Dean Lewins / EPA, file
Detectives drive collar bomb suspect Paul Peters from Sydney International Airport in September 2011, after he was extradited from the U.S.
A man who strapped a fake bomb around the neck of a Sydney schoolgirl and then fled to the United States was jailed for 13 and a half years on Tuesday after an Australian court ruled he had instilled unimaginable fear into his victim.
The case sparked an international manhunt and led to a tense 10 hours for teenager Madeleine Pulver, 18, after the man broke into her family's luxury home in August 2011 and chained what he said was a bomb around her neck, leaving a note demanding money.
After extensive tests, bomb technicians determined the box was harmless.
Police in the United States arrested Paul Douglas Peters, 52, in Kentucky at his former wife’s home about two weeks after the incident by tracking him through email accounts. In September 2011 he was extradited to Australia.
Defense lawyers said Peters had suffered depression in the months before the attack and had no memory of his actions. Prosecutors said Peters had planned to target a neighbor of the Pulver family, and broke into the wrong house.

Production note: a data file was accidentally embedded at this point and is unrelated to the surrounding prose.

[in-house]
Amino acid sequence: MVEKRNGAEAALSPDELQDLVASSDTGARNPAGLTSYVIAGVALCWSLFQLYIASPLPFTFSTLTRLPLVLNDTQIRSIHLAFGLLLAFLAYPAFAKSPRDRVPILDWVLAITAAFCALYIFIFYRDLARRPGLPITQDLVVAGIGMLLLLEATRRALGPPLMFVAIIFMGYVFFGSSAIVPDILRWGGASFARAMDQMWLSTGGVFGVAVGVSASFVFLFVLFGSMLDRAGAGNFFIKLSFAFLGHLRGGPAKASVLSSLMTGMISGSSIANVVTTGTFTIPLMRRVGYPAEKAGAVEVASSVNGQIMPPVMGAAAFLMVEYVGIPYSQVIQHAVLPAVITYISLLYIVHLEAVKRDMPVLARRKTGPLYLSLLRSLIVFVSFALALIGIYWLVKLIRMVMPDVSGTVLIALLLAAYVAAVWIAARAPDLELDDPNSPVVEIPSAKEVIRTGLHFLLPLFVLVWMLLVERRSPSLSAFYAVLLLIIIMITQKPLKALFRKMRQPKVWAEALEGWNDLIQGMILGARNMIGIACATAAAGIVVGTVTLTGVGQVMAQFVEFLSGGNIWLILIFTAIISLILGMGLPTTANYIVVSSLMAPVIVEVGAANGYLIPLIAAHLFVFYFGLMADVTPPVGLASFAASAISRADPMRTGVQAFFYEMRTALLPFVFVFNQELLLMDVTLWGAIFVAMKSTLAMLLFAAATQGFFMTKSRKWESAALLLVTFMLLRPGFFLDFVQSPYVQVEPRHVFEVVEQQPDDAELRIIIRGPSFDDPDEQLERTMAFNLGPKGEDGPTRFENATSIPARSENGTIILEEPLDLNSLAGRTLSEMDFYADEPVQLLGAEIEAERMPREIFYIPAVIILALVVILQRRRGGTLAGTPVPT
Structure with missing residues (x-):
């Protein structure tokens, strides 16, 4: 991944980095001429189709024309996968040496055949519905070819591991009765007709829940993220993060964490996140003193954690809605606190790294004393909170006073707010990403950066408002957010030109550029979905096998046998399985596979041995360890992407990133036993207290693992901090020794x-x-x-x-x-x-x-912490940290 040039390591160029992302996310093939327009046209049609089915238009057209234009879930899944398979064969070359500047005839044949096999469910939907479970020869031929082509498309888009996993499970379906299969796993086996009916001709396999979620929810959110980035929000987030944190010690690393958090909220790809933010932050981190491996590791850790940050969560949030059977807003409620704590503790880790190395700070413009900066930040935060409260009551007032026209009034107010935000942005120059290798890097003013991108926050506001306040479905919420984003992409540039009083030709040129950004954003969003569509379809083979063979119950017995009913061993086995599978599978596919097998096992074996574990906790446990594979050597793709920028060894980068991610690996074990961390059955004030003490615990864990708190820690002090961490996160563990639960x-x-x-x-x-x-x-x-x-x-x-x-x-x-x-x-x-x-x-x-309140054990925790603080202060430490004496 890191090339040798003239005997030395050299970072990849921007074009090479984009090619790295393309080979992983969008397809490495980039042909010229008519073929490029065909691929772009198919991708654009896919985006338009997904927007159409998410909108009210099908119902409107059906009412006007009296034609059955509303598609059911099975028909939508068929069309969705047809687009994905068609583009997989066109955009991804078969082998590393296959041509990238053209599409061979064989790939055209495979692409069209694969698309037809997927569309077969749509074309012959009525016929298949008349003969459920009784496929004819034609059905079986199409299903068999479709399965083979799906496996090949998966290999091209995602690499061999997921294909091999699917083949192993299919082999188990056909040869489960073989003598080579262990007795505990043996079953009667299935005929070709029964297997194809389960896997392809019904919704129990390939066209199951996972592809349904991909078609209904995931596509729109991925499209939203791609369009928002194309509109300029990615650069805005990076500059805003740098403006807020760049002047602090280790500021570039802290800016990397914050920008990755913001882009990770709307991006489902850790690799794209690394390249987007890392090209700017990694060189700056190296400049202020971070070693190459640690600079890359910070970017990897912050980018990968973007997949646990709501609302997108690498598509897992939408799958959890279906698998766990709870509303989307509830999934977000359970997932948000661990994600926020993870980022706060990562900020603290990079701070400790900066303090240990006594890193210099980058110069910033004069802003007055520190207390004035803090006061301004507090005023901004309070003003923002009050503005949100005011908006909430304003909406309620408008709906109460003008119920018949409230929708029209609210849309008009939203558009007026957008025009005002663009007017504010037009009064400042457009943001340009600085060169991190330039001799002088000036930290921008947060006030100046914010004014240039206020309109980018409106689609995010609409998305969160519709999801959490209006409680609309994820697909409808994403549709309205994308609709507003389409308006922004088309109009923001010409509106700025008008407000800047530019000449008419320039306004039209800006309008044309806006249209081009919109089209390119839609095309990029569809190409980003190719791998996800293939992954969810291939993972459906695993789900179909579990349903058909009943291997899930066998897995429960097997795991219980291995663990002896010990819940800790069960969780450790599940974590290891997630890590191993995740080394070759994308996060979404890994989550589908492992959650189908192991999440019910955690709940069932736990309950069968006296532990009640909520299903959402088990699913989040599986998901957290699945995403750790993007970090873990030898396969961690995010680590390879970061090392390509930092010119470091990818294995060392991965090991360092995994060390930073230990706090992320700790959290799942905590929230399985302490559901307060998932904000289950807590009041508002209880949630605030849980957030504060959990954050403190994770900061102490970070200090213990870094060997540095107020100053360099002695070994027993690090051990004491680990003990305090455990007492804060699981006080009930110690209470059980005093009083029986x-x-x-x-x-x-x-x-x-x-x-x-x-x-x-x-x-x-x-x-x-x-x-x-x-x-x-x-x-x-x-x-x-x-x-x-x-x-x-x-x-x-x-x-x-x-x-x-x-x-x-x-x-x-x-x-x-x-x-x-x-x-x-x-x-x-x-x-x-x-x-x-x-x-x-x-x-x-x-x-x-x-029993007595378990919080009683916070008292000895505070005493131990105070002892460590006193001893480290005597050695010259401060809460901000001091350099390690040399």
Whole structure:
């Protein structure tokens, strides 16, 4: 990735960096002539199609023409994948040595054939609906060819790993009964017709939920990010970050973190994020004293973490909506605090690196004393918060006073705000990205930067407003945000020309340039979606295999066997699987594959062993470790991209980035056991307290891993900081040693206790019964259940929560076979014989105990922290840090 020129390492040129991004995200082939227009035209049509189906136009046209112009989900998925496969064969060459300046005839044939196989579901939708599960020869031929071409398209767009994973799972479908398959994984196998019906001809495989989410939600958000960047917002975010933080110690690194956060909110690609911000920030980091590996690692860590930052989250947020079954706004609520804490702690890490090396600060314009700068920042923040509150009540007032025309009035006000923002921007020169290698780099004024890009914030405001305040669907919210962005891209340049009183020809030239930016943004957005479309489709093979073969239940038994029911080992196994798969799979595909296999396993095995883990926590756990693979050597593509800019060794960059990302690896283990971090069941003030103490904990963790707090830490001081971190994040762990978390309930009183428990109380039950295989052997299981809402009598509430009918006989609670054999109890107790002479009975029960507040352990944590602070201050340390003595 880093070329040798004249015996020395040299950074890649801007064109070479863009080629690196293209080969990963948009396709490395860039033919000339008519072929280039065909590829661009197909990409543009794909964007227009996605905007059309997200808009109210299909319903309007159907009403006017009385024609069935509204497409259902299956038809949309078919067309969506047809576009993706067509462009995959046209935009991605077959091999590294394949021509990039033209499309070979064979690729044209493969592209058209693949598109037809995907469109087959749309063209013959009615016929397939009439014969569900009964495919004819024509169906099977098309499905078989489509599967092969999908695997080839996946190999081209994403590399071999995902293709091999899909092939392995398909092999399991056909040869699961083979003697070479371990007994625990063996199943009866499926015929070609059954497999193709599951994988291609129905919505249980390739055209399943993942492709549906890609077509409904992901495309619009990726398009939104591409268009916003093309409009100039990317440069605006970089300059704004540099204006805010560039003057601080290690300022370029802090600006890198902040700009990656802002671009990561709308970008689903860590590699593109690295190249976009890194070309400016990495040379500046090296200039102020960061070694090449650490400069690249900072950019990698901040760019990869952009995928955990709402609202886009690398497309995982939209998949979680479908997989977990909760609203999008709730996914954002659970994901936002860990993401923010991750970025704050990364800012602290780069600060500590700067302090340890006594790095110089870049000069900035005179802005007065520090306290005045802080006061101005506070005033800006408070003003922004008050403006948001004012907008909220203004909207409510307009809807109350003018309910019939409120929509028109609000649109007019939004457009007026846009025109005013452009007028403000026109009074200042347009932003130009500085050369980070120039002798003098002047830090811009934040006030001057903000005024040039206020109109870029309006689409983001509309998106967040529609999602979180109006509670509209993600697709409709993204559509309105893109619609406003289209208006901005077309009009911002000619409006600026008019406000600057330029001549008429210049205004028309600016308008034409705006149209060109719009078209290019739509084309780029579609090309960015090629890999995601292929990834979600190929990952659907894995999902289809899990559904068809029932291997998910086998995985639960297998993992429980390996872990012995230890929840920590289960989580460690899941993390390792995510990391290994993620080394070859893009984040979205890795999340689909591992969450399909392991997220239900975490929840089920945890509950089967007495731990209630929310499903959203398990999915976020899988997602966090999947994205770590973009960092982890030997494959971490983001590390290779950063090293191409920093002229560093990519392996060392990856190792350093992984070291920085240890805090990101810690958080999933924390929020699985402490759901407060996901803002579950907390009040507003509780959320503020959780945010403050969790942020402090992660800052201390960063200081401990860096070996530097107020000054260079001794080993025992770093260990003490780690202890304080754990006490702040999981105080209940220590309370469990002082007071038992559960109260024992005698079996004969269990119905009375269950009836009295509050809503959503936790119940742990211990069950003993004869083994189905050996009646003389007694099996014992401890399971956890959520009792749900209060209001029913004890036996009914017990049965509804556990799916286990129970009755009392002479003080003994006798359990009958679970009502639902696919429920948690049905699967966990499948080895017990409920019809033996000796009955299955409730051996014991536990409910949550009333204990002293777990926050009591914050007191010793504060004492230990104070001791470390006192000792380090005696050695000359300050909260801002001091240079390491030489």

A young woman in Sydney says a man wearing a ski mask strapped an explosive device to her neck. TODAY.com's Dara Brown reports.
"He would have appreciated the enormity of what he was doing and the terrible effect and consequences of his actions on the victim," Sentencing District Court Judge Peter Zahra said. "The fear instilled can only be described as unimaginable."
He sentenced Peters, who pleaded guilty to “aggravated break and enter”, to 13 years and six months in prison, with a minimum 10 years to be served before he can apply for parole.
Before the attack, Peters was the CEP of Appen Butler Hill, a company that provides language and voice-recognition software and services.
The legal ordeal is over for fake collar bomb victim Madeleine Pulver after her attacker, Paul Peters, pleaded guilty.
Outside the court, Pulver said she was pleased Peters would not be able to hurt anyone else, and that the court acknowledged the impact of his crime on her family.
"It was good to hear the judge acknowledge the trauma (Peters) has put my family and me through," said Pulver, who plans to attend university in Sydney next year. "It's been a surprise to me that this year has been much harder than last year, but I’m lucky enough to have a wonderful family and friends and we are all making great progress.”
Reuters contributed to this report.
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